Having not seen his Aunt H. in a while, Artemus is unprepared for her and the estate’s decline. Gone is the confident woman who had raised him and in her place is someone who seems frail and who spooks quite easily. As much of a sceptic as Artemus tends to be, he too can feel a tingling down his spine as one strange ghostly event after another plays out. Between life-long servants being surly and acting strangely and a new gardener who can’t tell his flowers apart, all is not right at the family estate. But it’s more than just the noise of an old house settling that makes things go bump in the night and this ghost is bent on revenge.
As an ardent fan of Josh Lanyon, I was fully prepared to love Séance on a Summer’s Night and, for the most part, it certainly did satisfy. In this case, it was the mystery element that really stood out for me but the romance, which is often secondary in her novels anyway, didn’t quite draw me in. It was a bit rushed and as such it rang a bit false. I could understand the lust factor and appreciate it, but there was so much else going on in the house that Seamus being so focused on being with Artemus seemed to discredit his reason for being there. Yes, I can admit this may seem nitpicky, but this is an author who I feel always puts the story before the romance and I really admire her for that. With this book, I felt the romance was shoved into the limelight abruptly making it almost feel like an insta-love trope without the accompanying “I love you.” Having said all that, I can assure you that the main thrust of the novel—the mayhem and murder–was spot on and kept me guessing right along with Artemus and that was delightful.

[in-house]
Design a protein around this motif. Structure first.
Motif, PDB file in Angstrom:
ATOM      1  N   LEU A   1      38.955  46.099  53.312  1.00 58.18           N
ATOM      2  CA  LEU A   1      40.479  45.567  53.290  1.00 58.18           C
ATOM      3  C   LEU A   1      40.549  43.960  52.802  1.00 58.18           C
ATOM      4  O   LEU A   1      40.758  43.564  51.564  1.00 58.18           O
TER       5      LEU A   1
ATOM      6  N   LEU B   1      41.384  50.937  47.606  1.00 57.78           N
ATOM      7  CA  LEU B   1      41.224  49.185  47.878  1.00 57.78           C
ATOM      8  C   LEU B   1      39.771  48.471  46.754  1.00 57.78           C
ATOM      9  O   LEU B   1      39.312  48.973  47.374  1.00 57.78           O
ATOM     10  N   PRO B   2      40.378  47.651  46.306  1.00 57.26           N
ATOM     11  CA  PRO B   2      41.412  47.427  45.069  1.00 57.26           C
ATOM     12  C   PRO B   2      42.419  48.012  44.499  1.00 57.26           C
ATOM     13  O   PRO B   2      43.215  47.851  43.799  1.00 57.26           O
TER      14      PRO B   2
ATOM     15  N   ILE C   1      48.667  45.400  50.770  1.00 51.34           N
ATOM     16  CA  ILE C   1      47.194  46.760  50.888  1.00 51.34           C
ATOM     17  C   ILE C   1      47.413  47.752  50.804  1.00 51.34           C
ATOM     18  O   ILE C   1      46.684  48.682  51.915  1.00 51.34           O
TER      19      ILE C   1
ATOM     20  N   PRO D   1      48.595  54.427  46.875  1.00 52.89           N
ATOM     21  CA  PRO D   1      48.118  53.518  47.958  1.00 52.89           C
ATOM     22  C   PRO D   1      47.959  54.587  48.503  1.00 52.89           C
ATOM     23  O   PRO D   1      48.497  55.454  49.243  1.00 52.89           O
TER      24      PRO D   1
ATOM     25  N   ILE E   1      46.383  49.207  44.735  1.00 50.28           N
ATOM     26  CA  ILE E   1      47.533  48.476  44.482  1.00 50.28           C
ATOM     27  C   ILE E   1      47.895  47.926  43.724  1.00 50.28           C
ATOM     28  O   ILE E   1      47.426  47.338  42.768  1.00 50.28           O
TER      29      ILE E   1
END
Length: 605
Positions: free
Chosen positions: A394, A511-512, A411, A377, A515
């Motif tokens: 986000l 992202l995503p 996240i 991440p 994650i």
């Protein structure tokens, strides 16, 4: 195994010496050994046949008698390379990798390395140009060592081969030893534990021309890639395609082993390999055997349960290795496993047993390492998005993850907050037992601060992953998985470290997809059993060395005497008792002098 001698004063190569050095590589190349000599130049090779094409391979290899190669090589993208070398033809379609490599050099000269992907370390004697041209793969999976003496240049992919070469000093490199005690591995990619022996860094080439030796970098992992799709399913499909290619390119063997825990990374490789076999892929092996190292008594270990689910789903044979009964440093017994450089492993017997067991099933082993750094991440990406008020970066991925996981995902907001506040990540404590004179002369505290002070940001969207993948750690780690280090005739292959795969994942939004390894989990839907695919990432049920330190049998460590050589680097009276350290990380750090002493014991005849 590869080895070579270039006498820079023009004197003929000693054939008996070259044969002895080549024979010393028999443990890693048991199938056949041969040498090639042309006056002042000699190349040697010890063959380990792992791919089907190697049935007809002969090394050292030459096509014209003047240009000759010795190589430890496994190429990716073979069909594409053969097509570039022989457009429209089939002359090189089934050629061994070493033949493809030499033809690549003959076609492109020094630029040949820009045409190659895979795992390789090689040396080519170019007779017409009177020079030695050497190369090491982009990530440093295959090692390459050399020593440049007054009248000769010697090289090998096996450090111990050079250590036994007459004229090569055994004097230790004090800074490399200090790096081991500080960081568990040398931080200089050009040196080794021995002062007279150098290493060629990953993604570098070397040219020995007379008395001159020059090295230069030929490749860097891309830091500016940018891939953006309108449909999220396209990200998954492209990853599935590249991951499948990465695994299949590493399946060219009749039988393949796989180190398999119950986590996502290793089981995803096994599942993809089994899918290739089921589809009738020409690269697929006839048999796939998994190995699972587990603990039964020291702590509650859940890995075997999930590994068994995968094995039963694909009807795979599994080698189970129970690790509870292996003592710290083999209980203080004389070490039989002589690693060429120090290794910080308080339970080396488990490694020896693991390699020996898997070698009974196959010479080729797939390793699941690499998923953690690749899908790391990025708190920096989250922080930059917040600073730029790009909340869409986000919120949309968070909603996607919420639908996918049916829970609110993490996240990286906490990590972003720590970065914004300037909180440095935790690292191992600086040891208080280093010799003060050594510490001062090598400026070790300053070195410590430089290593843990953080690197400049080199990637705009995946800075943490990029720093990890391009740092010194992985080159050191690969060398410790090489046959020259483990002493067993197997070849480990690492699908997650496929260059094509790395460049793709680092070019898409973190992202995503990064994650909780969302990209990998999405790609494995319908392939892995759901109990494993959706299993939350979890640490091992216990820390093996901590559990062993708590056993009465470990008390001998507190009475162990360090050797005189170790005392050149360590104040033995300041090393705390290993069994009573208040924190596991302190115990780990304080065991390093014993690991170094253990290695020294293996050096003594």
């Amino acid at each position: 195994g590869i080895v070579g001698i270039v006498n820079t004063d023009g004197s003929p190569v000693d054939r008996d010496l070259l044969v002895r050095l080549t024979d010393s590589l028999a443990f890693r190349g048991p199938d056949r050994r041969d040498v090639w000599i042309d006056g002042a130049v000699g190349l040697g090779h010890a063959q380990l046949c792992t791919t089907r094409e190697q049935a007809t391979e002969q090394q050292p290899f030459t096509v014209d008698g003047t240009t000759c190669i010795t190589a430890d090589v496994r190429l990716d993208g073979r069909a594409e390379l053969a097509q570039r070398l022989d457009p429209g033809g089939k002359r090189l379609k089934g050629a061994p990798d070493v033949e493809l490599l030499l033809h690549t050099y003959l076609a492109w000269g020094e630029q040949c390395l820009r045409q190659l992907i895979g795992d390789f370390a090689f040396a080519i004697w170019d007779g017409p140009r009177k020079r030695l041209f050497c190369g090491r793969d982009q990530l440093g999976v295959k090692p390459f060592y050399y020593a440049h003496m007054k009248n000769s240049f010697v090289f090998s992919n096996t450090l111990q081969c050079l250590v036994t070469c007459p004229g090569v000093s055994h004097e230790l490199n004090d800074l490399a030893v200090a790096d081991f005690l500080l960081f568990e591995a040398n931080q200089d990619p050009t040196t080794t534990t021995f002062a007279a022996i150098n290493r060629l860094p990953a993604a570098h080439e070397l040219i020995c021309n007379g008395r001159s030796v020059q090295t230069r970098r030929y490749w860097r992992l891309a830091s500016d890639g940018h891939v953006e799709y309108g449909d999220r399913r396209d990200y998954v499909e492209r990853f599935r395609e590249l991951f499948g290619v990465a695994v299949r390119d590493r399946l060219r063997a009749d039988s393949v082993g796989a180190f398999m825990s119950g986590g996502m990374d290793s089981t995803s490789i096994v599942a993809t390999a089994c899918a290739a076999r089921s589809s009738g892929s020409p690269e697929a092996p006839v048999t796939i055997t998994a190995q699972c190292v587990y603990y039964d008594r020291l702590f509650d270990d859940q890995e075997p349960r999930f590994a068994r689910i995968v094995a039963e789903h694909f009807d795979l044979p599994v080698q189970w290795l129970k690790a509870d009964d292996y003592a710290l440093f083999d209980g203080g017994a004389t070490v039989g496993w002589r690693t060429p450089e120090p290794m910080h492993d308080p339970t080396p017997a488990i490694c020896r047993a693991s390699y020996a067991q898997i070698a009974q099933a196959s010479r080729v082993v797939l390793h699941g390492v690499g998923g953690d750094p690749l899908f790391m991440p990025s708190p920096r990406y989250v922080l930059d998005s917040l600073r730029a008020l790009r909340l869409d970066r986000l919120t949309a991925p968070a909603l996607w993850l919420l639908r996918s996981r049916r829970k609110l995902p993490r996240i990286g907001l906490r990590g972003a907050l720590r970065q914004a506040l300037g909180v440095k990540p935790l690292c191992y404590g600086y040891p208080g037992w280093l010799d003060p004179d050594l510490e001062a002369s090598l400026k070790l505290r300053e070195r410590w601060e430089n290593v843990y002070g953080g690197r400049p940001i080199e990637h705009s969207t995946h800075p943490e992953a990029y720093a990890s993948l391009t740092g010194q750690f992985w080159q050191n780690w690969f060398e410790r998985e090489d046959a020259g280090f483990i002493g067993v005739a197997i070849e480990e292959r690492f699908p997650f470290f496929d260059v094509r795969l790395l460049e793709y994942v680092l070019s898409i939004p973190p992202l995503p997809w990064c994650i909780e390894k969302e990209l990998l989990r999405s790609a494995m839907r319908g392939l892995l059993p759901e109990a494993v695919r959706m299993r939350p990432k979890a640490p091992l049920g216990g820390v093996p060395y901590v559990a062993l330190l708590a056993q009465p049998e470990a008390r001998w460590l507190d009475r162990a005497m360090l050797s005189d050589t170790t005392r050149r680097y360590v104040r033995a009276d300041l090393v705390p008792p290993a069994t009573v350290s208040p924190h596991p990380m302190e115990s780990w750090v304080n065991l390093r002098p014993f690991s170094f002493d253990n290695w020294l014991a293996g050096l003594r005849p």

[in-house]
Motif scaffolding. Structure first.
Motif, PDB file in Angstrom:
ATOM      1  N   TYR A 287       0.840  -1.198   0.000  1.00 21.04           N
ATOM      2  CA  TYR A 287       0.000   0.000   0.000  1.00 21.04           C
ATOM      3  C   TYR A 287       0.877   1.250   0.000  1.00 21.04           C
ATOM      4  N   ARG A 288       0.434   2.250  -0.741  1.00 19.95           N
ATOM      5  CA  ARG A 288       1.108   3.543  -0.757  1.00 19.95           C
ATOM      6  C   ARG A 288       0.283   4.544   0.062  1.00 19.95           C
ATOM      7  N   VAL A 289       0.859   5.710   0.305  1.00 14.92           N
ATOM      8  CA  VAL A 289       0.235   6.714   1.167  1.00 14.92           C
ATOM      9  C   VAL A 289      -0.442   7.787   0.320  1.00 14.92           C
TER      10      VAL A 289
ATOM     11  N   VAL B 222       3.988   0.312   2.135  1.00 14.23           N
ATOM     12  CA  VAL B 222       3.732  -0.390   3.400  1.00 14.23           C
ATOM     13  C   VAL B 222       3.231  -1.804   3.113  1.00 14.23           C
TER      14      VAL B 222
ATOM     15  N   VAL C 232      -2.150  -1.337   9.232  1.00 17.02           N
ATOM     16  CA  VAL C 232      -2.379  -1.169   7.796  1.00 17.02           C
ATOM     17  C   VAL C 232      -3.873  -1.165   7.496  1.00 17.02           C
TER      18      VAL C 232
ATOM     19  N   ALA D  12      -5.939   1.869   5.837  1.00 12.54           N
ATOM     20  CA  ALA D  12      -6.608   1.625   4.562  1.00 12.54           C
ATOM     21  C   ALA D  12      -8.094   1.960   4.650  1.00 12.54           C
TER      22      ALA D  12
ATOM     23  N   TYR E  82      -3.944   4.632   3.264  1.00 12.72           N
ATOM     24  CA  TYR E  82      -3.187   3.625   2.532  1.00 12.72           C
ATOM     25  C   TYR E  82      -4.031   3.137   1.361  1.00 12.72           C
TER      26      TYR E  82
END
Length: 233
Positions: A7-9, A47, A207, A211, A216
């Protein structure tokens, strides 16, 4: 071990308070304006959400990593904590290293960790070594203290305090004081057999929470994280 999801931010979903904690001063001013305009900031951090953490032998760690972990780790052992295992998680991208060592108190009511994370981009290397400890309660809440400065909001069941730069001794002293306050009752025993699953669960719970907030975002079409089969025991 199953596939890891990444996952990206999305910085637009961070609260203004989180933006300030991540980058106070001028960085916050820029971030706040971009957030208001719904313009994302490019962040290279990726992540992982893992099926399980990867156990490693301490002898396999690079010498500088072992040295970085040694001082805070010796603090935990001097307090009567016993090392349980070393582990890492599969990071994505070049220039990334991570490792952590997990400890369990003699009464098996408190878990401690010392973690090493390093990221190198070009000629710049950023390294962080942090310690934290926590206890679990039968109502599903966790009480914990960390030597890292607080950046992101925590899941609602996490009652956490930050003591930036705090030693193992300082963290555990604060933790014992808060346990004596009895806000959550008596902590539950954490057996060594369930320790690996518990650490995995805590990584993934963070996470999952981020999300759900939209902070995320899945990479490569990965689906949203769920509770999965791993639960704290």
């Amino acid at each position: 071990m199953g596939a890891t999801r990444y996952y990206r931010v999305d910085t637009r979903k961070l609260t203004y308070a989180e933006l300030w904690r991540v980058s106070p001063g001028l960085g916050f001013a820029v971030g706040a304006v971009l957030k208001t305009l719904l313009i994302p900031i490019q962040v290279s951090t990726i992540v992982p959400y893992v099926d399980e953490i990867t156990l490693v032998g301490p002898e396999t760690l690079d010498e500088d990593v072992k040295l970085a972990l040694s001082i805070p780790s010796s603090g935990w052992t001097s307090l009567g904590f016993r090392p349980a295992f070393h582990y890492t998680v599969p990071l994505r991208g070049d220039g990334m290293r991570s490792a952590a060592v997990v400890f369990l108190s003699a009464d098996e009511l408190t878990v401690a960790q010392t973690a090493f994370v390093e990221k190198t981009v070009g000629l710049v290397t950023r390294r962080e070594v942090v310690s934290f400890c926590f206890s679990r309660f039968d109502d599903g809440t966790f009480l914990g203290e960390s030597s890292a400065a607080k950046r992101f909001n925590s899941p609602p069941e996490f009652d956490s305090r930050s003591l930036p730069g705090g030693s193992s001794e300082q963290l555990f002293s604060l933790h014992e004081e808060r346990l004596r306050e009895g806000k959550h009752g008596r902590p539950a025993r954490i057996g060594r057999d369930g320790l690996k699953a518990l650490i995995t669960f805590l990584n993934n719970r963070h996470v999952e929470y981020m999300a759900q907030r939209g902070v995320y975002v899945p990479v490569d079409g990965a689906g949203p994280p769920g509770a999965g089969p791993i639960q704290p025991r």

There were more than a few times I wanted to slap some sense into Aunt H. and when it was finally revealed why she was acting as she was, I felt somewhat relieved. I do wish she had been the one to speak more on that matter rather than Artemus essentially guessing his way through it with her. However, it was a great relief to me that her character was redeemed in the end and not quite as foolish as she sometimes appeared throughout the earlier parts of the novel. Seamus was loveable and honestly, despite the rush to romance part, I would not say no to seeing more of these two. Josh Lanyon is absolutely genius at creating crime-fighting duos and amateur sleuths and Artemus is spot on as someone who could end up in trouble through no fault of his own and need his cohort in crime, so to speak, to help him out. They had great chemistry and there was just that initial touch of mistrust that made the relationship sizzle.
Séance on a Summer’s Night was part macabre alongside a bit of romance with a good dose of mystery to finish it off. Fans (and that who this was really written for as the afterword indicates) will love it and those newer to this author’s work will find it to be entertaining.